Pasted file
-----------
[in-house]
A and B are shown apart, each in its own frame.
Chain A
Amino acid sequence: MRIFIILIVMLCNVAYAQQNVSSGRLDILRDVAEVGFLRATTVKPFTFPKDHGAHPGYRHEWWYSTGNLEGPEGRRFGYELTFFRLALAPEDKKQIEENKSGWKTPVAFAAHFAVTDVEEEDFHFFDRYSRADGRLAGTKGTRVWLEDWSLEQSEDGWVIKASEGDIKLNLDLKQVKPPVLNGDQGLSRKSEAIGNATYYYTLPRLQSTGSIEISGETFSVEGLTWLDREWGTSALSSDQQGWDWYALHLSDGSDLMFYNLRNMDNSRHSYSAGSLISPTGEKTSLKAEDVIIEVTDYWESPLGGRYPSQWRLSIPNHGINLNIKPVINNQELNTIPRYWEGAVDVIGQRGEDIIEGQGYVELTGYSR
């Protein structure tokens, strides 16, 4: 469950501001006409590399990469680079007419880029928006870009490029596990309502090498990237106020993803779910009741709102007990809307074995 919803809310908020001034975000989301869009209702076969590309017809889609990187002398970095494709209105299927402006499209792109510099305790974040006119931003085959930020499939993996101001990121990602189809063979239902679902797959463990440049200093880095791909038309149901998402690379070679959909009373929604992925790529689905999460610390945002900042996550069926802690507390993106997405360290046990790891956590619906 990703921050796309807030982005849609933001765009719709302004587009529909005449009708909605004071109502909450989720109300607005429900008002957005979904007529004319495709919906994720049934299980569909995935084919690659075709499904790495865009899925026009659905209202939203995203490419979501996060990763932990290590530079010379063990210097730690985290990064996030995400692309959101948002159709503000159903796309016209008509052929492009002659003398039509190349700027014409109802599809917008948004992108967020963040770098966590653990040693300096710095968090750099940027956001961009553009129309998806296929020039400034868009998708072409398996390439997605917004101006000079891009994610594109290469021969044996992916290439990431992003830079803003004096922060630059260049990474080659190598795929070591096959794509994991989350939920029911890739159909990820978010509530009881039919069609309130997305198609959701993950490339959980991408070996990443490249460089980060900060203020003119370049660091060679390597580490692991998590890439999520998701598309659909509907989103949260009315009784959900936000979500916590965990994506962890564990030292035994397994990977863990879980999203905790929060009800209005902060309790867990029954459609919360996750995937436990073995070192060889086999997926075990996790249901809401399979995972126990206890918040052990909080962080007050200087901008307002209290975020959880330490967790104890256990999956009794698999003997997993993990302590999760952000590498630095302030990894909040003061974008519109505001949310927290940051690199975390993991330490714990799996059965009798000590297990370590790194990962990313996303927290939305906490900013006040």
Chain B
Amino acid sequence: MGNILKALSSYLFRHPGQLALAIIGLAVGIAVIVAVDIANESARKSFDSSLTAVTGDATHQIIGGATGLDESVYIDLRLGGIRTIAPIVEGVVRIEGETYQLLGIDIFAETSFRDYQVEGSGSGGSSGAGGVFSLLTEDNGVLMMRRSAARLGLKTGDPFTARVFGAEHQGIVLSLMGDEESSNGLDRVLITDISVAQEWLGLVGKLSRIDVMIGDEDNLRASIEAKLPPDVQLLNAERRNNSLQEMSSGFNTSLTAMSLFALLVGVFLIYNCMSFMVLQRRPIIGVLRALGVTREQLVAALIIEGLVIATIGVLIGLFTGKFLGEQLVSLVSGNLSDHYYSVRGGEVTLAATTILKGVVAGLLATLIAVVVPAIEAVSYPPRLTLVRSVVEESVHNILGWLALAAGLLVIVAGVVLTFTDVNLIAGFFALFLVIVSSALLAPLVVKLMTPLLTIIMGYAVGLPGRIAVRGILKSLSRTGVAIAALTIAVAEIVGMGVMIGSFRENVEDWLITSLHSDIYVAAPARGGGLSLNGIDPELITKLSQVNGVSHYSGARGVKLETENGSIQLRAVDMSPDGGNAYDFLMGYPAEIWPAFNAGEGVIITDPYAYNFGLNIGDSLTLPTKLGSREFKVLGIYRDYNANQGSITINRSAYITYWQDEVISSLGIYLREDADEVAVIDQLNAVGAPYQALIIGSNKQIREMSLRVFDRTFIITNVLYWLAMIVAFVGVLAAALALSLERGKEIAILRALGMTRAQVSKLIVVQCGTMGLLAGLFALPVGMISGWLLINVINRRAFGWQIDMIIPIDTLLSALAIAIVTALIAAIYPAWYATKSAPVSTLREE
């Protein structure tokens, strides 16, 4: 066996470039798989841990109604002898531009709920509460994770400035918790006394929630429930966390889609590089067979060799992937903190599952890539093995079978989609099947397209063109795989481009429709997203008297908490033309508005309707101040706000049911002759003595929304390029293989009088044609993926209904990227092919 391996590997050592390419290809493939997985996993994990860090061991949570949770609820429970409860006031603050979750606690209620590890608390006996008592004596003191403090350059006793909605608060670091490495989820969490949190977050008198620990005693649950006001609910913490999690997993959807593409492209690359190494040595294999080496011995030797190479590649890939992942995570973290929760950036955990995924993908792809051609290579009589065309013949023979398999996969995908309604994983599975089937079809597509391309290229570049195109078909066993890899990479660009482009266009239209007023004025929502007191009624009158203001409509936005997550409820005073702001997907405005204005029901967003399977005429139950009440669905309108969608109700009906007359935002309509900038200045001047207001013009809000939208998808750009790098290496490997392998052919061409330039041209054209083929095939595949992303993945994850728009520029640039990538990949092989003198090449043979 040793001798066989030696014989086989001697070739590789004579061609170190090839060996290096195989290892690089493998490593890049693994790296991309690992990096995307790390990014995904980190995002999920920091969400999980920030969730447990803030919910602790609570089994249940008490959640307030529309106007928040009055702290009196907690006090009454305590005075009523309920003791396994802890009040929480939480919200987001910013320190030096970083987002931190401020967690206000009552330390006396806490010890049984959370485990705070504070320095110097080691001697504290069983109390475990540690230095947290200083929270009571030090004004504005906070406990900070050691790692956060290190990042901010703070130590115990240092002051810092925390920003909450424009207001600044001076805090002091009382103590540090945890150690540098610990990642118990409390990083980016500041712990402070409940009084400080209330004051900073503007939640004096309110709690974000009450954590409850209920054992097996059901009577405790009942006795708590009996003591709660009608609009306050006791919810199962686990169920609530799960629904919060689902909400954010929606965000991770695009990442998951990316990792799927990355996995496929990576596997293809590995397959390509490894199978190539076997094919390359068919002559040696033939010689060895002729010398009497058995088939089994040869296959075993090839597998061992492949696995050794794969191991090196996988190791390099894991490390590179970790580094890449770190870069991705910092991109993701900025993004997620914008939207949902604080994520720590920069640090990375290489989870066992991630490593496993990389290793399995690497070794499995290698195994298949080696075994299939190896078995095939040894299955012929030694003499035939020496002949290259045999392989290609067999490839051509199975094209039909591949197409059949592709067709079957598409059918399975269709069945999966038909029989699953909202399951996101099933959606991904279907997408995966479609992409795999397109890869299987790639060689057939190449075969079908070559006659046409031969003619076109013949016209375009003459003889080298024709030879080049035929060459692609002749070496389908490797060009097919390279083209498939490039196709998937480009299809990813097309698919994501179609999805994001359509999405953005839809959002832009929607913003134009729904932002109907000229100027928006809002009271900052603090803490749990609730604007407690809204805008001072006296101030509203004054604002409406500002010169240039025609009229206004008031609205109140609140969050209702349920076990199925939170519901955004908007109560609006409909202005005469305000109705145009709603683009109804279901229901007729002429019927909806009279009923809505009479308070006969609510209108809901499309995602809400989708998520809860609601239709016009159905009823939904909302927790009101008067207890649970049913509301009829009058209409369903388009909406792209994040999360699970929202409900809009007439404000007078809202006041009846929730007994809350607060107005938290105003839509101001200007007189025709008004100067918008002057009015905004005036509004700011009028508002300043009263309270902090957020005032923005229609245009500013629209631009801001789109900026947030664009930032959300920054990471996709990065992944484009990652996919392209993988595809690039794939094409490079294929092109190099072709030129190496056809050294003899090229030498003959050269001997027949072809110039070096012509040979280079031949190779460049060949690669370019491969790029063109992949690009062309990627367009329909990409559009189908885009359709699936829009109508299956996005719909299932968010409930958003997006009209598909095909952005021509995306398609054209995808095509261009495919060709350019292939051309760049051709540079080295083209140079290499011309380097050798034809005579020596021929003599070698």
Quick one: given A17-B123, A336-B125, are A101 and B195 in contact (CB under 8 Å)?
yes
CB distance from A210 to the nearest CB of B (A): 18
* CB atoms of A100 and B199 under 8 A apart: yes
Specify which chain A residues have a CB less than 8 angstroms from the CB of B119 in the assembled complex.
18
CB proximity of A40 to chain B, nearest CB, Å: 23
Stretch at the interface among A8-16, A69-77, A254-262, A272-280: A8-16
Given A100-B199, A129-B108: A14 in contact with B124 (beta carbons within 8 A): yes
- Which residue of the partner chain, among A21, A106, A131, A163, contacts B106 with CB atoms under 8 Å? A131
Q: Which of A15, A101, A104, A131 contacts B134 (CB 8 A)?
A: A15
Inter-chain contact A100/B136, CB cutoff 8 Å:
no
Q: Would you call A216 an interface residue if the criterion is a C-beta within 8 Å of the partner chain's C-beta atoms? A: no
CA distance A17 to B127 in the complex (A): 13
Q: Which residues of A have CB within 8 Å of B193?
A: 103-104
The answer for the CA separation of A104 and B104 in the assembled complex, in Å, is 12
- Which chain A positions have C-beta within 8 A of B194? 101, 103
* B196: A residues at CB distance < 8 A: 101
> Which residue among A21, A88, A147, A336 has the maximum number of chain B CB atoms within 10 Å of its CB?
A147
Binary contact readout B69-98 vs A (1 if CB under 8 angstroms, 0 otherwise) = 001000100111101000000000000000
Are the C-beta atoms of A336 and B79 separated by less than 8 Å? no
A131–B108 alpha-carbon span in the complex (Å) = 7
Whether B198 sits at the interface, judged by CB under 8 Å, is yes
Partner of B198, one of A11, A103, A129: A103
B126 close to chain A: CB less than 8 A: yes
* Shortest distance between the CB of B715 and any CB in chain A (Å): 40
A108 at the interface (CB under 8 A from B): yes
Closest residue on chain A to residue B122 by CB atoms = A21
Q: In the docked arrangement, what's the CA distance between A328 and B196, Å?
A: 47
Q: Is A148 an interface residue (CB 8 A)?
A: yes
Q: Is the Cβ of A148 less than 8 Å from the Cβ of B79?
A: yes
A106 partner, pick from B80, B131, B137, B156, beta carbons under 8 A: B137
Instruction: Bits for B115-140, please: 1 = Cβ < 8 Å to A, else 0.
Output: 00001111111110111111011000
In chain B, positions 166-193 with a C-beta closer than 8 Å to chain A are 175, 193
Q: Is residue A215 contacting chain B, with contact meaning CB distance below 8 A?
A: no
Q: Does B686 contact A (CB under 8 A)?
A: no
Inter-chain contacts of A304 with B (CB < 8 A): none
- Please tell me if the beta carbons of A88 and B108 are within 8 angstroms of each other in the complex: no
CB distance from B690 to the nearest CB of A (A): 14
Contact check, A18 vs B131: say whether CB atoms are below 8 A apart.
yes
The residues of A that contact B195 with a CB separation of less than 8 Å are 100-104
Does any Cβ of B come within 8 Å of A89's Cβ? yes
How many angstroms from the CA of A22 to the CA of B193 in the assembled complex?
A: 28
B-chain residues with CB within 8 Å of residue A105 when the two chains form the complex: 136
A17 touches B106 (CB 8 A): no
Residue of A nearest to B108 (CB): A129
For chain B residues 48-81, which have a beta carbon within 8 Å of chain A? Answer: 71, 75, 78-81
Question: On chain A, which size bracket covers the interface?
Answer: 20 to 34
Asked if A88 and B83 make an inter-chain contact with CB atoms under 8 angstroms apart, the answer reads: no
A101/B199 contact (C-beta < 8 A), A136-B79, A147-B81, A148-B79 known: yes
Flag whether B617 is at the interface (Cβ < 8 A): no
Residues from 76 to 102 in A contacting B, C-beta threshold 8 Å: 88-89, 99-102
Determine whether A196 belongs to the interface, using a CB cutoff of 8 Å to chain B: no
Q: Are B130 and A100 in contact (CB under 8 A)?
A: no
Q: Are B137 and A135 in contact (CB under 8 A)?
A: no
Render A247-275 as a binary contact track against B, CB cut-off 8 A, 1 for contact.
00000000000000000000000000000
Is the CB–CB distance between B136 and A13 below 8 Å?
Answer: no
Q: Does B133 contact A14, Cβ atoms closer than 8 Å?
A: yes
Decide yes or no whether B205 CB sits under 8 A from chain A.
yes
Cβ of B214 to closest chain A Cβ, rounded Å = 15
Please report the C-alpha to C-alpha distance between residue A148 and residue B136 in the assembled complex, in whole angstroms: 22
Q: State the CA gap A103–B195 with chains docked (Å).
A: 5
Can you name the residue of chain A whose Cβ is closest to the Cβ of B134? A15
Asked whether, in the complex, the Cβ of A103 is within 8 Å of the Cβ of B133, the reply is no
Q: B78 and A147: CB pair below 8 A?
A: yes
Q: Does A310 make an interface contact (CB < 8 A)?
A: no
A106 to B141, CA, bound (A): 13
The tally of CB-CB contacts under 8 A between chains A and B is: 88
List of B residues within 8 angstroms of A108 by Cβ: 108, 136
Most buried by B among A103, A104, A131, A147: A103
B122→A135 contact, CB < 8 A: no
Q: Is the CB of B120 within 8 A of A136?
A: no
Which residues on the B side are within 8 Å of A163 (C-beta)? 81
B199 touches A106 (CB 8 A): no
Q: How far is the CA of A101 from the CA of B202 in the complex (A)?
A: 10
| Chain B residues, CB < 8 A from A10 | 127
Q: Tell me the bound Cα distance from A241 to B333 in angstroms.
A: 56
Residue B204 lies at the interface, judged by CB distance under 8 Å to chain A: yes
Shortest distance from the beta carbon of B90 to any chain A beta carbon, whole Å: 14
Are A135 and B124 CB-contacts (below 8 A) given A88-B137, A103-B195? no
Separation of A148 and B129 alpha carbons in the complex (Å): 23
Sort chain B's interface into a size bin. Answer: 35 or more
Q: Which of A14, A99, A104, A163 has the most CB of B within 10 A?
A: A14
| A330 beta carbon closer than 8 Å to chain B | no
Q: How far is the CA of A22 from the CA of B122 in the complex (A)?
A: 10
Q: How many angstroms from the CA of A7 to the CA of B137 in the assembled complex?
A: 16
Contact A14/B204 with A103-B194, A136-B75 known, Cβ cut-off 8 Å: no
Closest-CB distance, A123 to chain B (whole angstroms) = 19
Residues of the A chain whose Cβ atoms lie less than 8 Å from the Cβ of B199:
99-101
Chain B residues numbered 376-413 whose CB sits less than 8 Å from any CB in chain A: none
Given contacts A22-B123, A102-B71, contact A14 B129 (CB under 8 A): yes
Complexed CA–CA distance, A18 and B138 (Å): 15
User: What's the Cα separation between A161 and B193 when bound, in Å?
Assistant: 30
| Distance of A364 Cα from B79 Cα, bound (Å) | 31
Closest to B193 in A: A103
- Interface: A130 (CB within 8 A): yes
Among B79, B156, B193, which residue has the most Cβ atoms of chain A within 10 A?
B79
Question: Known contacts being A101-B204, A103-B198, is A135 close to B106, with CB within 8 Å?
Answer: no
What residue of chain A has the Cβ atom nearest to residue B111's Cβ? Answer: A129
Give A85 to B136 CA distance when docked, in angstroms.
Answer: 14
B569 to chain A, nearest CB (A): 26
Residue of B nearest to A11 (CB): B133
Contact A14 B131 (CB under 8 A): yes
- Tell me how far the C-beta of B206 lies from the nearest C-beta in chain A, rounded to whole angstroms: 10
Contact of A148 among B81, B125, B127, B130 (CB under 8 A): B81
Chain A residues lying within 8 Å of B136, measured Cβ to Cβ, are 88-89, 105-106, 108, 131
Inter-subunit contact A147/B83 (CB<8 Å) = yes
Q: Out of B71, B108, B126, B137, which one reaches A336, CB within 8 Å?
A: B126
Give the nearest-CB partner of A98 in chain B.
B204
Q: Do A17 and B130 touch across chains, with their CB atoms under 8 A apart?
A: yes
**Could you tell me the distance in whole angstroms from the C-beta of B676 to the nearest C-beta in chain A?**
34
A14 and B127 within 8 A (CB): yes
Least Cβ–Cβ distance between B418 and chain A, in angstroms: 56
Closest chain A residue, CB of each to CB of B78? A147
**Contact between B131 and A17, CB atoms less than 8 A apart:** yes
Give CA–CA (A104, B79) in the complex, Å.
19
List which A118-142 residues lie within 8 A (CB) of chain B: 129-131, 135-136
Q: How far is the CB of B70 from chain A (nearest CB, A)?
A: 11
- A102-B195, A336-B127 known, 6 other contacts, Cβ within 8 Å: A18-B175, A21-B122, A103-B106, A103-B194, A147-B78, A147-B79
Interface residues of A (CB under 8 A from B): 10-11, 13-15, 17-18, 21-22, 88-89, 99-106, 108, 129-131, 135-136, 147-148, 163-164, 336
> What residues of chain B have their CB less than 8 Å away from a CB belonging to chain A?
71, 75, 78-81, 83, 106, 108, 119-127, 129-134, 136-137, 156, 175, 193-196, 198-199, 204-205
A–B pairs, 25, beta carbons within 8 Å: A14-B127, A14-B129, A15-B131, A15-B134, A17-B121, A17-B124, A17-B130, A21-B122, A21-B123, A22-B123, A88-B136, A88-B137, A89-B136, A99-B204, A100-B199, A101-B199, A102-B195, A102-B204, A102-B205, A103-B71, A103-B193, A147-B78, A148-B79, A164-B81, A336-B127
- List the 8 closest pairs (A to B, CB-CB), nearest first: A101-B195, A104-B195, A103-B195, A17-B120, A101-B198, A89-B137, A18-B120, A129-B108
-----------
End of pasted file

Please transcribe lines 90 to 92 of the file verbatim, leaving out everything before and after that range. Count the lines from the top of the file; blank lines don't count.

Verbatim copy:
A: 5
Can you name the residue of chain A whose Cβ is closest to the Cβ of B134? A15
Asked whether, in the complex, the Cβ of A103 is within 8 Å of the Cβ of B133, the reply is no